It used to be, the first and only rule of a fight was to strike first, strike hard, and hopefully, strike last…that is, until youths started traveling in packs, with an entourage, or as the kids used to say in my day, ‘in a crew.’
I’ve seen more than one occasion play out, wherein a certain someone underestimated the abilities, experience, or number of friends another certain someone had, and lived to tell the tale from a hospital bed, donning a full body cast.
I grew up in a gang infested neighborhood in Southern California, and being an immigrant from one of the less than popular countries I was always somewhat of an outsider, even before you factored in my propensity for huskiness.
Due to my outsider status, most of the gang kids left me alone, and I could watch how certain things played out from afar, and with the requisite objectivity.
During my freshman year of High School I witnessed an interaction that closely mirrors what is occurring at this very moment, on an international scale.
Ruben was the new transfer – having just moved from Tennessee with his entire family – and he was anxious to prove himself and garner a reputation. Oscar was a smallish boy for his age, all skin and bone and not much else, who had three older brothers that had all been jumped into the local gang.
Oscar looked like a safe bet for Ruben to make his bones with, and so he started trying to pick a fight every which way he could. Oscar was shy, quiet, and non-confrontational, so he avoided getting into a fight with Ruben, but somehow word got to Oscar’s brothers that he was being bullied, and they decided to step in and deal with it.
Ruben was in the hospital for two weeks, after which he transferred to another school. This happened for two reasons: first, because Ruben was stupid, trying to pick a fight just to prove how tough he was, but also because he didn’t do his due diligence to find out who Oscar was, who he was associated with, and who ‘had his back,’ as the saying goes.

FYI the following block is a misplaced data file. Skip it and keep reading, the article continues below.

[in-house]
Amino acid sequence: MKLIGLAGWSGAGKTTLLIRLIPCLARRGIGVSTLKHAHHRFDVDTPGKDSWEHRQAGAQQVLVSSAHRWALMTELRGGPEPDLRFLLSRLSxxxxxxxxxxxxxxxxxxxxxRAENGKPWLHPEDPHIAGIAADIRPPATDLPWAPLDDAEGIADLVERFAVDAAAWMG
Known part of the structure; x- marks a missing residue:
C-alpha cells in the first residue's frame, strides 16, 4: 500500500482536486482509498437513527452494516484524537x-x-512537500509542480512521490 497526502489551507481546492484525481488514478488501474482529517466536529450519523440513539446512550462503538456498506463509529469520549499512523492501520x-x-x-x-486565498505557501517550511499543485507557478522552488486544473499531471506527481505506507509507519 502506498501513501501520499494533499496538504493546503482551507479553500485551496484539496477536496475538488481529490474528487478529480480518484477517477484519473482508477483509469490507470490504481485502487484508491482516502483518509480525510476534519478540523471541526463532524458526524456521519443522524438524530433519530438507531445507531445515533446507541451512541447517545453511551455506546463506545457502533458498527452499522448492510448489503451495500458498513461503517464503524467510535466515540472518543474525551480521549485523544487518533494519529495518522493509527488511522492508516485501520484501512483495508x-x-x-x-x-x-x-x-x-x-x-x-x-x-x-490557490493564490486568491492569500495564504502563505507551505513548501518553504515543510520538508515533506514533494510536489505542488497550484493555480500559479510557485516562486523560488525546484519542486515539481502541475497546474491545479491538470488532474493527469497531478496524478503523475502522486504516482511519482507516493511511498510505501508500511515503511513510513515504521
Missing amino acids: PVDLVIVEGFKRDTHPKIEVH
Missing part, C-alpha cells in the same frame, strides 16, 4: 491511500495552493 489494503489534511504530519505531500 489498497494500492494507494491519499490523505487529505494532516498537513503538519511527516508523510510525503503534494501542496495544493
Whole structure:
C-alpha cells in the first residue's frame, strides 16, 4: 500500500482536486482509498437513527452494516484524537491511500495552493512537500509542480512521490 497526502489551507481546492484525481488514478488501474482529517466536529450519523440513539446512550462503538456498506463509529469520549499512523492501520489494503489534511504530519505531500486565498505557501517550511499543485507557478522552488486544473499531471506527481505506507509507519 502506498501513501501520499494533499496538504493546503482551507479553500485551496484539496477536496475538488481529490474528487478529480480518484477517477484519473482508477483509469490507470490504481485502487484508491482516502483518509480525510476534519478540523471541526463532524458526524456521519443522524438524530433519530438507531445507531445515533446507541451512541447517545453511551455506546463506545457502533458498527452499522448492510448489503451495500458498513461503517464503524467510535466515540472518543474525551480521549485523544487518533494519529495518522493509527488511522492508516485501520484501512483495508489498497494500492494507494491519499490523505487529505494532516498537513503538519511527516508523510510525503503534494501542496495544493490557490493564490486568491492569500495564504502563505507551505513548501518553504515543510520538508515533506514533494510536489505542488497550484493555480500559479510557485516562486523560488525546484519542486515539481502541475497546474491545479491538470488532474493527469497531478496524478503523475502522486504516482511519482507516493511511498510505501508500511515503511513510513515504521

At this point in time, we are trying to pick a fight, and for the life of me I do not understand the why of it.
Yes, Biblically speaking, Damascus must fall. It is a known variable in the end time prophetic landscape. What astounds me however, is the lack of due diligence on our part as to who ‘Oscar’s’ friends are, and who all ‘has his back.’
For those still wondering, I am of course referring to Syria, and the fight we are trying to pick. Before we all start screaming ‘atrocity, atrocity, it is because of the atrocity that we’re trying to pick a fight,’ there are far worse atrocities going on right in our own country, and no one is batting an eye. I don’t see ‘Loosey Suzy’ and her ilk being threatened with annihilation for showing no more compunction about killing a baby then they would about what flavor of ice cream to order afterwards.
It’s about time we got off our high horse, gave it a sugar cube, and led it back into the barn. Let’s not pretend we are a holy nation, with a holy mandate, on a holy quest, any longer…at this juncture, we’re just embarrassing ourselves.
Perhaps, once, we were…but we’ve played that card, and any trust equity we might have had has long been spent, or rendered void due to our conduct, actions, and acceptance of evil in our midst.
‘Oscar’s’ got friends, but we’re so obsessed with making our bones and getting everyone else on the playground to realize ‘we’re really, really serious, and we’re not playing games anymore,’ that we either don’t notice, or don’t care that they’re sneaking up behind us with big sticks, ready to inflict maximum pain for picking on him.
This, I fear, will not end well, especially if we continue to pretend we’re still what we once were.
There is a marked difference between a battle and a brawl, and true warriors will tell you it is far more important to know your enemy and not underestimate him, under any circumstances, than it is to strike first, if striking first means going off halfcocked, unprepared, and with no situational awareness.
We cannot treat war as we would a bar fight, and God help us if we do.
With love in Christ,
Michael Boldea Jr.